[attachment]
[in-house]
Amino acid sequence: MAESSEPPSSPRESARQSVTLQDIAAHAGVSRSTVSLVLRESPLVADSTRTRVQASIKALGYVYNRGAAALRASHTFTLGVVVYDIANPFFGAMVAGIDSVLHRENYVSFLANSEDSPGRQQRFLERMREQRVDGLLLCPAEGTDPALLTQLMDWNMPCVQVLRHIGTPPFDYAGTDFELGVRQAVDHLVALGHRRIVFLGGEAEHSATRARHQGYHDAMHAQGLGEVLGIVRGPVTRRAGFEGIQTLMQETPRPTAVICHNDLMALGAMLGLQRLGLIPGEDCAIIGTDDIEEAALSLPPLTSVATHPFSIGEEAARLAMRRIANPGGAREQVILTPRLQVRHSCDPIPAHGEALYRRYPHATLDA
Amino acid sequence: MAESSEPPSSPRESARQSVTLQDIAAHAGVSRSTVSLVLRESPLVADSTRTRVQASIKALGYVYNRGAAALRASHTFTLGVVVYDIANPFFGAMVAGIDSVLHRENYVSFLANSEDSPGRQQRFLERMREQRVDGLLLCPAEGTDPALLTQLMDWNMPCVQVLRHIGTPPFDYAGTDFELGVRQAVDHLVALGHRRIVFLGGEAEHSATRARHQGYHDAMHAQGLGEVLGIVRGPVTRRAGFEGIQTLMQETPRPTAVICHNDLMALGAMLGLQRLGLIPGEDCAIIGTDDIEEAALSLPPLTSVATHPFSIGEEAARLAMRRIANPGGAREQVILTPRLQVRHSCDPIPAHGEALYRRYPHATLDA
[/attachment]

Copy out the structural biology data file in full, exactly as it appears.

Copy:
[in-house]
Amino acid sequence: MAESSEPPSSPRESARQSVTLQDIAAHAGVSRSTVSLVLRESPLVADSTRTRVQASIKALGYVYNRGAAALRASHTFTLGVVVYDIANPFFGAMVAGIDSVLHRENYVSFLANSEDSPGRQQRFLERMREQRVDGLLLCPAEGTDPALLTQLMDWNMPCVQVLRHIGTPPFDYAGTDFELGVRQAVDHLVALGHRRIVFLGGEAEHSATRARHQGYHDAMHAQGLGEVLGIVRGPVTRRAGFEGIQTLMQETPRPTAVICHNDLMALGAMLGLQRLGLIPGEDCAIIGTDDIEEAALSLPPLTSVATHPFSIGEEAARLAMRRIANPGGAREQVILTPRLQVRHSCDPIPAHGEALYRRYPHATLDA
Amino acid sequence: MAESSEPPSSPRESARQSVTLQDIAAHAGVSRSTVSLVLRESPLVADSTRTRVQASIKALGYVYNRGAAALRASHTFTLGVVVYDIANPFFGAMVAGIDSVLHRENYVSFLANSEDSPGRQQRFLERMREQRVDGLLLCPAEGTDPALLTQLMDWNMPCVQVLRHIGTPPFDYAGTDFELGVRQAVDHLVALGHRRIVFLGGEAEHSATRARHQGYHDAMHAQGLGEVLGIVRGPVTRRAGFEGIQTLMQETPRPTAVICHNDLMALGAMLGLQRLGLIPGEDCAIIGTDDIEEAALSLPPLTSVATHPFSIGEEAARLAMRRIANPGGAREQVILTPRLQVRHSCDPIPAHGEALYRRYPHATLDA